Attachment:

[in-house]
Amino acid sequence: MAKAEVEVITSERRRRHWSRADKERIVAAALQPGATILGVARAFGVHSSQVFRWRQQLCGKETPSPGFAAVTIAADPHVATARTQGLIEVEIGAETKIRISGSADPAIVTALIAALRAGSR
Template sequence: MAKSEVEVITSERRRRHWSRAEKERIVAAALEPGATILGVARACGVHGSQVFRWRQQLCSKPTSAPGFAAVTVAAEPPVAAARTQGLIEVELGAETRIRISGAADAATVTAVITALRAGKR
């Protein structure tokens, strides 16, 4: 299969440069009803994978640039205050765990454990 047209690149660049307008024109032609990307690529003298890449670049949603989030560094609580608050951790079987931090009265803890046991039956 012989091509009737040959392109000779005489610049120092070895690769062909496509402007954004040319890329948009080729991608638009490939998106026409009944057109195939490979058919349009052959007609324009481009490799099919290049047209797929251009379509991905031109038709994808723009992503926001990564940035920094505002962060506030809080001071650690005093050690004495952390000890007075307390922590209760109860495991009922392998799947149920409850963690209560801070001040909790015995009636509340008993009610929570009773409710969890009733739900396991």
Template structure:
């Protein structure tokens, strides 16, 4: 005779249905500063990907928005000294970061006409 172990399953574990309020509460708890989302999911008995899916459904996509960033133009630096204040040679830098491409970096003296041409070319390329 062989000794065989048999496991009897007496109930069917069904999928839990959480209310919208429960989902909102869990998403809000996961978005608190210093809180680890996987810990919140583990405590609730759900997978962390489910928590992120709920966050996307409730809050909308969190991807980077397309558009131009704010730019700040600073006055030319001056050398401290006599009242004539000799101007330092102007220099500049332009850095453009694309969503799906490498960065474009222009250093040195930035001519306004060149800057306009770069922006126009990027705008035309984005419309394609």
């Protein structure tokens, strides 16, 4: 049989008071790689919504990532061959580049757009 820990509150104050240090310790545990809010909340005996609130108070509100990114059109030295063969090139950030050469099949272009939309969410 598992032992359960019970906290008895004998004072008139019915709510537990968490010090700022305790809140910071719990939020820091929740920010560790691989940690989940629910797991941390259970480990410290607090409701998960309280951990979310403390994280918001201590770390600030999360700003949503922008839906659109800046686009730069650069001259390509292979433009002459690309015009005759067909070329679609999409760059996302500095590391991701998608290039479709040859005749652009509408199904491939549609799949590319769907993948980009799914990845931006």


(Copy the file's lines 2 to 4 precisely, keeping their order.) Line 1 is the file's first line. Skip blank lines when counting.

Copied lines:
Amino acid sequence: MAKAEVEVITSERRRRHWSRADKERIVAAALQPGATILGVARAFGVHSSQVFRWRQQLCGKETPSPGFAAVTIAADPHVATARTQGLIEVEIGAETKIRISGSADPAIVTALIAALRAGSR
Template sequence: MAKSEVEVITSERRRRHWSRAEKERIVAAALEPGATILGVARACGVHGSQVFRWRQQLCSKPTSAPGFAAVTVAAEPPVAAARTQGLIEVELGAETRIRISGAADAATVTAVITALRAGKR
């Protein structure tokens, strides 16, 4: 299969440069009803994978640039205050765990454990 047209690149660049307008024109032609990307690529003298890449670049949603989030560094609580608050951790079987931090009265803890046991039956 012989091509009737040959392109000779005489610049120092070895690769062909496509402007954004040319890329948009080729991608638009490939998106026409009944057109195939490979058919349009052959007609324009481009490799099919290049047209797929251009379509991905031109038709994808723009992503926001990564940035920094505002962060506030809080001071650690005093050690004495952390000890007075307390922590209760109860495991009922392998799947149920409850963690209560801070001040909790015995009636509340008993009610929570009773409710969890009733739900396991």